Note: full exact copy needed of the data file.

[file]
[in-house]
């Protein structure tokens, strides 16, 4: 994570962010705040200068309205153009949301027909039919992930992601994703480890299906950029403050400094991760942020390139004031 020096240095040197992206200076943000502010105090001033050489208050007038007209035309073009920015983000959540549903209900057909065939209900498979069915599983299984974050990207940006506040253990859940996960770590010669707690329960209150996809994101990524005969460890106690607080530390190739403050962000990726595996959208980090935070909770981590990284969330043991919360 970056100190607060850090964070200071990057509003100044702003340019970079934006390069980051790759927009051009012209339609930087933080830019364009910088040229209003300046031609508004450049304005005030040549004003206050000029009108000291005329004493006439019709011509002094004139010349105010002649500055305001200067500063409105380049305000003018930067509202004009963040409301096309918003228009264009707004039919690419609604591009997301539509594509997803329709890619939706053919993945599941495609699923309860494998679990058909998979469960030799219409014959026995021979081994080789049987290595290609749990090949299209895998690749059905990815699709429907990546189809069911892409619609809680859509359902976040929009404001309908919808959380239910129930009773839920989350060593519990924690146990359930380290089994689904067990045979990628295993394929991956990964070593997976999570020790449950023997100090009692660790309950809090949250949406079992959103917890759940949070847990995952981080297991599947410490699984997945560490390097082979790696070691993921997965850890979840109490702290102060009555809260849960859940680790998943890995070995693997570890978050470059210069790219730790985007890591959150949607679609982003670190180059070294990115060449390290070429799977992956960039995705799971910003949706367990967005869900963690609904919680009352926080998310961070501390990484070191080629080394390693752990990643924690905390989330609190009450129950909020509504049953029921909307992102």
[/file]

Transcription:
[in-house]
């Protein structure tokens, strides 16, 4: 994570962010705040200068309205153009949301027909039919992930992601994703480890299906950029403050400094991760942020390139004031 020096240095040197992206200076943000502010105090001033050489208050007038007209035309073009920015983000959540549903209900057909065939209900498979069915599983299984974050990207940006506040253990859940996960770590010669707690329960209150996809994101990524005969460890106690607080530390190739403050962000990726595996959208980090935070909770981590990284969330043991919360 970056100190607060850090964070200071990057509003100044702003340019970079934006390069980051790759927009051009012209339609930087933080830019364009910088040229209003300046031609508004450049304005005030040549004003206050000029009108000291005329004493006439019709011509002094004139010349105010002649500055305001200067500063409105380049305000003018930067509202004009963040409301096309918003228009264009707004039919690419609604591009997301539509594509997803329709890619939706053919993945599941495609699923309860494998679990058909998979469960030799219409014959026995021979081994080789049987290595290609749990090949299209895998690749059905990815699709429907990546189809069911892409619609809680859509359902976040929009404001309908919808959380239910129930009773839920989350060593519990924690146990359930380290089994689904067990045979990628295993394929991956990964070593997976999570020790449950023997100090009692660790309950809090949250949406079992959103917890759940949070847990995952981080297991599947410490699984997945560490390097082979790696070691993921997965850890979840109490702290102060009555809260849960859940680790998943890995070995693997570890978050470059210069790219730790985007890591959150949607679609982003670190180059070294990115060449390290070429799977992956960039995705799971910003949706367990967005869900963690609904919680009352926080998310961070501390990484070191080629080394390693752990990643924690905390989330609190009450129950909020509504049953029921909307992102």